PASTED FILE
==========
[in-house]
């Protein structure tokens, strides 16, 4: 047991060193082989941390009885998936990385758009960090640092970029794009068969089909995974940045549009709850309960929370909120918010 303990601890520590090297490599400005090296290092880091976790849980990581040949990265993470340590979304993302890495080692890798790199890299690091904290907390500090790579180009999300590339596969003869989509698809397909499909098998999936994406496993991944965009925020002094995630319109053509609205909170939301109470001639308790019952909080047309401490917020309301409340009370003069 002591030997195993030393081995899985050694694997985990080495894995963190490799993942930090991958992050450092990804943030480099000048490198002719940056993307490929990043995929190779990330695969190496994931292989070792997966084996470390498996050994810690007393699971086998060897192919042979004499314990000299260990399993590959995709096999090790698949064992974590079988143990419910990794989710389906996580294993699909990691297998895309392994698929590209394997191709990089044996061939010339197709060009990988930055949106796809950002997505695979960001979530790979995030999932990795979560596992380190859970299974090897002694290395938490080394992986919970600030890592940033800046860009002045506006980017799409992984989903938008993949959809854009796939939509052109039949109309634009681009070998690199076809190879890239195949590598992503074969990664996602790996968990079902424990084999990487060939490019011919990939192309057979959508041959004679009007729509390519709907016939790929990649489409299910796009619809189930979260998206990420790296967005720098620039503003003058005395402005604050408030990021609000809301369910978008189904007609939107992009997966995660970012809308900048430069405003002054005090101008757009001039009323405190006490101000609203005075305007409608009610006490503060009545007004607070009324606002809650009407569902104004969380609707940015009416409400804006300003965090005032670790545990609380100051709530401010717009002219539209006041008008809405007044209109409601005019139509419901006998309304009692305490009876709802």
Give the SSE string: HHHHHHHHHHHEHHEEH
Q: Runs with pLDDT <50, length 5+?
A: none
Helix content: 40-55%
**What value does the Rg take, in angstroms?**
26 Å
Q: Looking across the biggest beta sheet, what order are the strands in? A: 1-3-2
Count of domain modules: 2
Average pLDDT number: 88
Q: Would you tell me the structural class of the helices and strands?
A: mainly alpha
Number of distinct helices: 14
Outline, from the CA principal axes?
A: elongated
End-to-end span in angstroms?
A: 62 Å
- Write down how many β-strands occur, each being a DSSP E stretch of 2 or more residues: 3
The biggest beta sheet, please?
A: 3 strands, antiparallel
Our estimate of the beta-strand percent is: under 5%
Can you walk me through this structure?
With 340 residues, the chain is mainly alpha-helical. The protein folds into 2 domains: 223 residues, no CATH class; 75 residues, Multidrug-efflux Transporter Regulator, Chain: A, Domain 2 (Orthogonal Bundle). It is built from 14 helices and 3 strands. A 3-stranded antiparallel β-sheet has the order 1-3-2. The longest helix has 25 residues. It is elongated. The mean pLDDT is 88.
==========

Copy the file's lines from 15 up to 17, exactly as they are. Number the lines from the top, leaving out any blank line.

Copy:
Outline, from the CA principal axes?
A: elongated
End-to-end span in angstroms?